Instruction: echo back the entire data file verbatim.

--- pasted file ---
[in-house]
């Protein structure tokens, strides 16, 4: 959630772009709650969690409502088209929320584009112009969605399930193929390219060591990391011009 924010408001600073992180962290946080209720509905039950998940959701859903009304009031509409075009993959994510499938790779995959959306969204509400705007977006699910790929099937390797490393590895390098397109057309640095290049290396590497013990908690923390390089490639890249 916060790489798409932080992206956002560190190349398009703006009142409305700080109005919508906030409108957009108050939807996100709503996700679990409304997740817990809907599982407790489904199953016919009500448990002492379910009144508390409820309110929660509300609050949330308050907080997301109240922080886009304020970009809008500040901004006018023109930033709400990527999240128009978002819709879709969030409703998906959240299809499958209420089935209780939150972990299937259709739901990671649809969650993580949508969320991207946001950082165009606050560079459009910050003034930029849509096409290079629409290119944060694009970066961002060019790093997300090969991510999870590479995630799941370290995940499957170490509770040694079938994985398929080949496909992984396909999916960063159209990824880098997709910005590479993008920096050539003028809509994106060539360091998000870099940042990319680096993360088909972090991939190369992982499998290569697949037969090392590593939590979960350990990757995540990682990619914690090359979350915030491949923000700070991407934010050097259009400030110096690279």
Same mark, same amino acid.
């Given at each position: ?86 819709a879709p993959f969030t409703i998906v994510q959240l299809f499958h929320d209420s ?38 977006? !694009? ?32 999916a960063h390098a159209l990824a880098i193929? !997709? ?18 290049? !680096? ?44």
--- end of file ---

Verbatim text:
[in-house]
């Protein structure tokens, strides 16, 4: 959630772009709650969690409502088209929320584009112009969605399930193929390219060591990391011009 924010408001600073992180962290946080209720509905039950998940959701859903009304009031509409075009993959994510499938790779995959959306969204509400705007977006699910790929099937390797490393590895390098397109057309640095290049290396590497013990908690923390390089490639890249 916060790489798409932080992206956002560190190349398009703006009142409305700080109005919508906030409108957009108050939807996100709503996700679990409304997740817990809907599982407790489904199953016919009500448990002492379910009144508390409820309110929660509300609050949330308050907080997301109240922080886009304020970009809008500040901004006018023109930033709400990527999240128009978002819709879709969030409703998906959240299809499958209420089935209780939150972990299937259709739901990671649809969650993580949508969320991207946001950082165009606050560079459009910050003034930029849509096409290079629409290119944060694009970066961002060019790093997300090969991510999870590479995630799941370290995940499957170490509770040694079938994985398929080949496909992984396909999916960063159209990824880098997709910005590479993008920096050539003028809509994106060539360091998000870099940042990319680096993360088909972090991939190369992982499998290569697949037969090392590593939590979960350990990757995540990682990619914690090359979350915030491949923000700070991407934010050097259009400030110096690279």
Same mark, same amino acid.
């Given at each position: ?86 819709a879709p993959f969030t409703i998906v994510q959240l299809f499958h929320d209420s ?38 977006? !694009? ?32 999916a960063h390098a159209l990824a880098i193929? !997709? ?18 290049? !680096? ?44």